Intended Continued Use Social Networking Sites: Effects on Job Satisfaction and Performance

Intended Continued Use Social Networking Sites: Effects on Job Satisfaction and Performance

Ned Kock (Texas A&M International University, USA), Murad Moqbel (University of Kansas Medical Center, USA), Kevin Barton (Texas A&M University – San Antonio, USA) and Valerie Bartelt (University of Denver, USA)
DOI: 10.4018/978-1-5225-3917-9.ch025
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Hedonic information systems are those that are used primarily for pleasure. Previous research has established that the intention to use hedonic information systems is explained mainly by perceived ease of use and perceived enjoyment, with perceived usefulness to one's job being given less importance. Facebook could be seen as a hedonic information system. This paper employs a cross-sectional survey of 178 professionals who used Facebook to various degrees. Predictably, the authors' empirical results show that perceived enjoyment is indeed a much stronger determinant of intended continued Facebook use than ease of use or usefulness to one's job, explaining a considerable proportion of variance in continued use behavior. The authors also find that ease of use is a strong determinant of perceived enjoyment. Interestingly, their results suggest that intended continued Facebook use is significantly and positively associated with job performance, both directly and indirectly via job satisfaction.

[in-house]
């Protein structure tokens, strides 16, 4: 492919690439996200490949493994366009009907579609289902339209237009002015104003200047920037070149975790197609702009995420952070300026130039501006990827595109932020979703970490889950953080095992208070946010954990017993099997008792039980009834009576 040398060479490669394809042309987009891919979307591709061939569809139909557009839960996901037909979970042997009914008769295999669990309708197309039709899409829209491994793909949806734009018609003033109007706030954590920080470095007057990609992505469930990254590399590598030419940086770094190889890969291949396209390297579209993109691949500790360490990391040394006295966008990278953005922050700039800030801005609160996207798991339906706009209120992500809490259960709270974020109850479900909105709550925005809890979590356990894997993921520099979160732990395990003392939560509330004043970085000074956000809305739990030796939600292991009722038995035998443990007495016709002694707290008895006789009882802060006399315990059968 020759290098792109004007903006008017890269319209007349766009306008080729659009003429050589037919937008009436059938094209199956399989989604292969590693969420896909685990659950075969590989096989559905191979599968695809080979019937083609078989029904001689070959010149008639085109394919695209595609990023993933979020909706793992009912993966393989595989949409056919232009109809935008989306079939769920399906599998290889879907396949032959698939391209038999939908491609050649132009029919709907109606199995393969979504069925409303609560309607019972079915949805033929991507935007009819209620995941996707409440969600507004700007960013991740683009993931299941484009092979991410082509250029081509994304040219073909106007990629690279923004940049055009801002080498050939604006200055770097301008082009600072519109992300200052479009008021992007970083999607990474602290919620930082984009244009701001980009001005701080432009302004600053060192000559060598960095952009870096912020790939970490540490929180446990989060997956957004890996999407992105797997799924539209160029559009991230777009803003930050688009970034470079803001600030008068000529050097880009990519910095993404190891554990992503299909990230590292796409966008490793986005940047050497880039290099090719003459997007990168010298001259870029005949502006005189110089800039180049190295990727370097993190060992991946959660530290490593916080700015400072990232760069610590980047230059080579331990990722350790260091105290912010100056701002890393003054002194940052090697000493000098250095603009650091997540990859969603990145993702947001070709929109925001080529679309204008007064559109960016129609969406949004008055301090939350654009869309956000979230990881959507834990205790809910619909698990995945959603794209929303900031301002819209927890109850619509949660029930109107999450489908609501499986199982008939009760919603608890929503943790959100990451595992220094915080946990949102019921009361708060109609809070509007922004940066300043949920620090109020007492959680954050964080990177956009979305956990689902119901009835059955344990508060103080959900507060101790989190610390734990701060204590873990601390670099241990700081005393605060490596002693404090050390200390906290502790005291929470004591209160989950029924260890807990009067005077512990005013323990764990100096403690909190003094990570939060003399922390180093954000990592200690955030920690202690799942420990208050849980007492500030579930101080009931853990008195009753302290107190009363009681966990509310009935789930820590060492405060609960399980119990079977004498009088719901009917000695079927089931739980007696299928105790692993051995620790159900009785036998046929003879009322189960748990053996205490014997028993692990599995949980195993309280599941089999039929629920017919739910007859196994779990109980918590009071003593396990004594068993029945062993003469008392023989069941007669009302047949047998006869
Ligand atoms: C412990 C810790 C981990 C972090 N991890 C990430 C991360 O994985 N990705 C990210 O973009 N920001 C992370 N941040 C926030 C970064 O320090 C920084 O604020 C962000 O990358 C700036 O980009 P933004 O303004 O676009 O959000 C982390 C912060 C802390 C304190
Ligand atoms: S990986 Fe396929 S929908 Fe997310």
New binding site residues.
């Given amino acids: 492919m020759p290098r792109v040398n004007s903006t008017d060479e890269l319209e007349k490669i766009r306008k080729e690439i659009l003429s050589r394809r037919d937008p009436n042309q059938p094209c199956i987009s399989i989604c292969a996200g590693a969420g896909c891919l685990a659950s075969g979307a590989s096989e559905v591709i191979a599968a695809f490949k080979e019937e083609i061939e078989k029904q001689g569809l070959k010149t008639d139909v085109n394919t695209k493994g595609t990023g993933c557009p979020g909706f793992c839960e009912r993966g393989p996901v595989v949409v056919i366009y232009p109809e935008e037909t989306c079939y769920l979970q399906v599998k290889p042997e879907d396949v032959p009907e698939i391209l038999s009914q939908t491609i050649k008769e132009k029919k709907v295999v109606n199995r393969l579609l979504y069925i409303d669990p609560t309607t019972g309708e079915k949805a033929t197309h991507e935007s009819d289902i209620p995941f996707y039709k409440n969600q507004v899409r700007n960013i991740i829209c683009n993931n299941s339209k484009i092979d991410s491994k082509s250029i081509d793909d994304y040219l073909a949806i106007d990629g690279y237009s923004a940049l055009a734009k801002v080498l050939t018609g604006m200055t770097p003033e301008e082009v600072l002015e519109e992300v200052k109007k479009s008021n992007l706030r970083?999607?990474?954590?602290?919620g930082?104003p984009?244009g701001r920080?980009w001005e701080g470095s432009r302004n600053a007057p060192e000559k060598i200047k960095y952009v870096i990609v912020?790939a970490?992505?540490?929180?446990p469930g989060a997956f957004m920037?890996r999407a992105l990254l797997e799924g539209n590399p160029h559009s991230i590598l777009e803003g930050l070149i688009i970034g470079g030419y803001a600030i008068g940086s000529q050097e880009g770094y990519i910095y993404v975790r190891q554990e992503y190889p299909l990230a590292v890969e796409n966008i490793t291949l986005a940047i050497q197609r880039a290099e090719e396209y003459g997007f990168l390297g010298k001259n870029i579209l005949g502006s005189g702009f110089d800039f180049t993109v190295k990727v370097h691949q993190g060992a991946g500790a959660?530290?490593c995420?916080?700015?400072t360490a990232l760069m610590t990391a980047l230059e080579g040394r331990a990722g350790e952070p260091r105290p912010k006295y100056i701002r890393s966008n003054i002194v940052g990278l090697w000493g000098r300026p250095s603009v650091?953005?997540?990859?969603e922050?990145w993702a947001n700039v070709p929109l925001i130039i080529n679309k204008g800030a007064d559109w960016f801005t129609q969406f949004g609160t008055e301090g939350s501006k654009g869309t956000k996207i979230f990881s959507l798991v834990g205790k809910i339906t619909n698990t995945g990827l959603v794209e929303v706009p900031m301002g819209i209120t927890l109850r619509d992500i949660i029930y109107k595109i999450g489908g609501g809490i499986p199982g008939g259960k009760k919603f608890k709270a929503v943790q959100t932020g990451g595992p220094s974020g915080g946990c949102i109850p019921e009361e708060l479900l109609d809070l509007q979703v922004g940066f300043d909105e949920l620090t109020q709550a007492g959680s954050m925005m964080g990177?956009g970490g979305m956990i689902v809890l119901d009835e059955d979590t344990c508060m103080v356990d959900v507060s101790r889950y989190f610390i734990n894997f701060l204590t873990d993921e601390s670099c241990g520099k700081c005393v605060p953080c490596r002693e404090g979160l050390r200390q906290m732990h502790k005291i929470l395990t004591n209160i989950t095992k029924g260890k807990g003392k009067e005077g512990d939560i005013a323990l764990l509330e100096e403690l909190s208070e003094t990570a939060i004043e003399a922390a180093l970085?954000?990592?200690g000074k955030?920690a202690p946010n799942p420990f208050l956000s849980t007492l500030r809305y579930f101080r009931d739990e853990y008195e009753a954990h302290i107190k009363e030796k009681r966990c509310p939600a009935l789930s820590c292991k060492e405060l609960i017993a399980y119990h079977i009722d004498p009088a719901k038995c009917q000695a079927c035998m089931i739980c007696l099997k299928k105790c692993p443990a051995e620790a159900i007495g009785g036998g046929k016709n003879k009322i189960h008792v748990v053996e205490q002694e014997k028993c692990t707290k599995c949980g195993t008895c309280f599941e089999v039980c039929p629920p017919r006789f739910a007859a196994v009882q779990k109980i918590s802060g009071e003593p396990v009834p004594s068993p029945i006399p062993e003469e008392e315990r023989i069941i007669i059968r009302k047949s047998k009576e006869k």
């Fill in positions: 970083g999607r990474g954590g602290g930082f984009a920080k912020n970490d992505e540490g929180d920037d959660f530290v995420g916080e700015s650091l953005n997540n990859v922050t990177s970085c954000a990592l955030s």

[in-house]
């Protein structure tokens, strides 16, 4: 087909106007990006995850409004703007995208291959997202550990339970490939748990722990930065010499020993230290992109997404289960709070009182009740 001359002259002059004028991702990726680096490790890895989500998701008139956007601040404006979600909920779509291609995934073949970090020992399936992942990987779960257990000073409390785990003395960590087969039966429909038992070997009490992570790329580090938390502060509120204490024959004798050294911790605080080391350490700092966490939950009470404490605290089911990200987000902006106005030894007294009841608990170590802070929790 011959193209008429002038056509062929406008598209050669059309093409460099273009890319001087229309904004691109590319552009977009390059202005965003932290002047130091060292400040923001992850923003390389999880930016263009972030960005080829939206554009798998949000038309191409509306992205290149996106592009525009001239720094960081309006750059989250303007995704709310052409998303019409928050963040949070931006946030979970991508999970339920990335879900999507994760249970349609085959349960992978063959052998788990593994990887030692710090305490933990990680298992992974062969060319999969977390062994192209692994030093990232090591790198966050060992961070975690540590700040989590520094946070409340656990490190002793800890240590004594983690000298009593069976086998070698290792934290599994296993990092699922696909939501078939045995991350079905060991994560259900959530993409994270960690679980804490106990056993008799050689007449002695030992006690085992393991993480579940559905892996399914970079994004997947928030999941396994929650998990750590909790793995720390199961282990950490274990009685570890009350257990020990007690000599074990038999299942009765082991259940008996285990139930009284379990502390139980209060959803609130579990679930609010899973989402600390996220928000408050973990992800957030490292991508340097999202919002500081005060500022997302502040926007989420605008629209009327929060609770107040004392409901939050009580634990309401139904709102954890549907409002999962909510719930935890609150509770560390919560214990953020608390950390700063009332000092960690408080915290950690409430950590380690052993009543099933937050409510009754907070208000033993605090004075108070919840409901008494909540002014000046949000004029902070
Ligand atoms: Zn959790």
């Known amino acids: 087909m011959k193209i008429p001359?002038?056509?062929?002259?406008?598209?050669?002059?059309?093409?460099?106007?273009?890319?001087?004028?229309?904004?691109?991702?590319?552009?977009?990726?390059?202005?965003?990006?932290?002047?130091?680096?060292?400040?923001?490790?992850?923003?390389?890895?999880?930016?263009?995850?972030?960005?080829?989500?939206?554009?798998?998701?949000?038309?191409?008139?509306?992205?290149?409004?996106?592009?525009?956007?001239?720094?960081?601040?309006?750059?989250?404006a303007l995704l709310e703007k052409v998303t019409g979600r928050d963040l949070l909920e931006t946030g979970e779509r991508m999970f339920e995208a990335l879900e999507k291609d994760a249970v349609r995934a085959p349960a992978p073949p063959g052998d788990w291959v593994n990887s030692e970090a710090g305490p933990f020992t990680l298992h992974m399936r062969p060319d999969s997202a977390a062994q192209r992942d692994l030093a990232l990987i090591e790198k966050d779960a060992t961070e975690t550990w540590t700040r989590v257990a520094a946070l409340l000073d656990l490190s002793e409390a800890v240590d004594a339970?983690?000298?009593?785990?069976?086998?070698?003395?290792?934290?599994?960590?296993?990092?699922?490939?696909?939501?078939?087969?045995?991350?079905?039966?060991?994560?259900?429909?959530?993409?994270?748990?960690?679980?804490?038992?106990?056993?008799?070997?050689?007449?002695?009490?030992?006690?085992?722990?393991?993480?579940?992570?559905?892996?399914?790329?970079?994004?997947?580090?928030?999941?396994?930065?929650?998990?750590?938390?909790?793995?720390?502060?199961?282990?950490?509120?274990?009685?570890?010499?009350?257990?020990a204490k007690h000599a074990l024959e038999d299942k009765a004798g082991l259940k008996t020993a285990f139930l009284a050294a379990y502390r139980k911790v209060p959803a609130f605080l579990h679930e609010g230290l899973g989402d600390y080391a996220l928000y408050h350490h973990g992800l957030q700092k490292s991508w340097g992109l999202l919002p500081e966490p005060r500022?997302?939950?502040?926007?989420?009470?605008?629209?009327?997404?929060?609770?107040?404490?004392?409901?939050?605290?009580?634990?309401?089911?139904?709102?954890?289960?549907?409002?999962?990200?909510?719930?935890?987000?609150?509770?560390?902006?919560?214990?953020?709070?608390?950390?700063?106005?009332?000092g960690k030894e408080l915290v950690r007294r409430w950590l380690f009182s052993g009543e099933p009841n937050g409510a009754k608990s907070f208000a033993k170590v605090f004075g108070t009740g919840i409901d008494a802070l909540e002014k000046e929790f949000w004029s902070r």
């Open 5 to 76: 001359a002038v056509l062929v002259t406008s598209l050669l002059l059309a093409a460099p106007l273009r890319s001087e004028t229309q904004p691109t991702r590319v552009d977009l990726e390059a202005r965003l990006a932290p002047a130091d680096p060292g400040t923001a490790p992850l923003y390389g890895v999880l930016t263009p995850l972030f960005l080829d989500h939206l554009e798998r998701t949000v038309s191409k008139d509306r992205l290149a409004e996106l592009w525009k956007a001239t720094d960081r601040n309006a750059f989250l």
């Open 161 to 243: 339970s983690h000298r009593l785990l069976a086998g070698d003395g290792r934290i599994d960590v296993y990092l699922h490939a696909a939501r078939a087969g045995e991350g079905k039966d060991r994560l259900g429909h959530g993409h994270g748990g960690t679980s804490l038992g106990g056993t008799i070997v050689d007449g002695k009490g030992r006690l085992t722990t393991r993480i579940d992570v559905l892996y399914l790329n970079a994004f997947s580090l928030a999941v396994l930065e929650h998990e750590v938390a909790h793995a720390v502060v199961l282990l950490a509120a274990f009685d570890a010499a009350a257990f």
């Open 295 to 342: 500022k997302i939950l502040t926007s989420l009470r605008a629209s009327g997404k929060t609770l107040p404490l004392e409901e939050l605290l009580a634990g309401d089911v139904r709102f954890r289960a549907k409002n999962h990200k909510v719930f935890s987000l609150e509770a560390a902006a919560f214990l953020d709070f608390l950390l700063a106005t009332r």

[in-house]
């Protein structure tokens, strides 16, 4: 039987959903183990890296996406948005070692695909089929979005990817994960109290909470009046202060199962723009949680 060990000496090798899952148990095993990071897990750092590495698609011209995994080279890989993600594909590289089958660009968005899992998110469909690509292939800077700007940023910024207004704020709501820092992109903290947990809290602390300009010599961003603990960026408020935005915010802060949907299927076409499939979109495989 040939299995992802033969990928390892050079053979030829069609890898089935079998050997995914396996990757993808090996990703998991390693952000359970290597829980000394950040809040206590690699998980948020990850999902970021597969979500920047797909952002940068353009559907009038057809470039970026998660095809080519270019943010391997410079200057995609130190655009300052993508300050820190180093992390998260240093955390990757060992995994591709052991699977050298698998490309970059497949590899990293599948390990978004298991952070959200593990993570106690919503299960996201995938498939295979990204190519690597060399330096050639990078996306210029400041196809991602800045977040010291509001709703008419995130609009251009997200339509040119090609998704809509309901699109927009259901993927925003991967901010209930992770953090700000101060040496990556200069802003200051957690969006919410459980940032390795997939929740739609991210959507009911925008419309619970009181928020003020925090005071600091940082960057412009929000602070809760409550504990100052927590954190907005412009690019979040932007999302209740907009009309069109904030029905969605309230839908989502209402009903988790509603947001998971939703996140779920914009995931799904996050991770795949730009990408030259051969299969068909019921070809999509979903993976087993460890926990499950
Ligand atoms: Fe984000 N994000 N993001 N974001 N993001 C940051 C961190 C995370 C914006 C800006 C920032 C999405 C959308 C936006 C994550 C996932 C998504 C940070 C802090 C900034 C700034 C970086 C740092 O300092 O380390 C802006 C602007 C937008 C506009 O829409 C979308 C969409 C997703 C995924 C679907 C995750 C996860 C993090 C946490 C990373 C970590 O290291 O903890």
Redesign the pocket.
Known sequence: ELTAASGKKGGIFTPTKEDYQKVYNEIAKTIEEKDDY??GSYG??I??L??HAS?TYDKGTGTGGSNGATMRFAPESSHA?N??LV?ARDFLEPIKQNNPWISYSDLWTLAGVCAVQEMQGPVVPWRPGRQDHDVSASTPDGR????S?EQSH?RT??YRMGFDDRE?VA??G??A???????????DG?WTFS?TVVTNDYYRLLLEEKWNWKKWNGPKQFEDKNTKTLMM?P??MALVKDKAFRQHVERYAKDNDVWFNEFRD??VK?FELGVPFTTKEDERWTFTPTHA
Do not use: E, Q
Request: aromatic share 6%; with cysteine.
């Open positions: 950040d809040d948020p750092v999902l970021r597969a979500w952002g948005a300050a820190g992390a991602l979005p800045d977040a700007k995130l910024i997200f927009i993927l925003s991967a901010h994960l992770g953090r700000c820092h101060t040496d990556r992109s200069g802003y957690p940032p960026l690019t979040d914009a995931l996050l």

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Background And Hypotheses

Team-member socialization is one area of concern in both traditional and virtualized business processes, and SNSs are considered to be a possible solution (Boughzala, 2012; Koch et al., 2012; Venkatesh & Windeler, 2012). Past research indicates that high turnover is detrimental to the effectiveness of collaborative social networking communities (Ma & Agarwal, 2007; Ransbotham & Kane, 2011).

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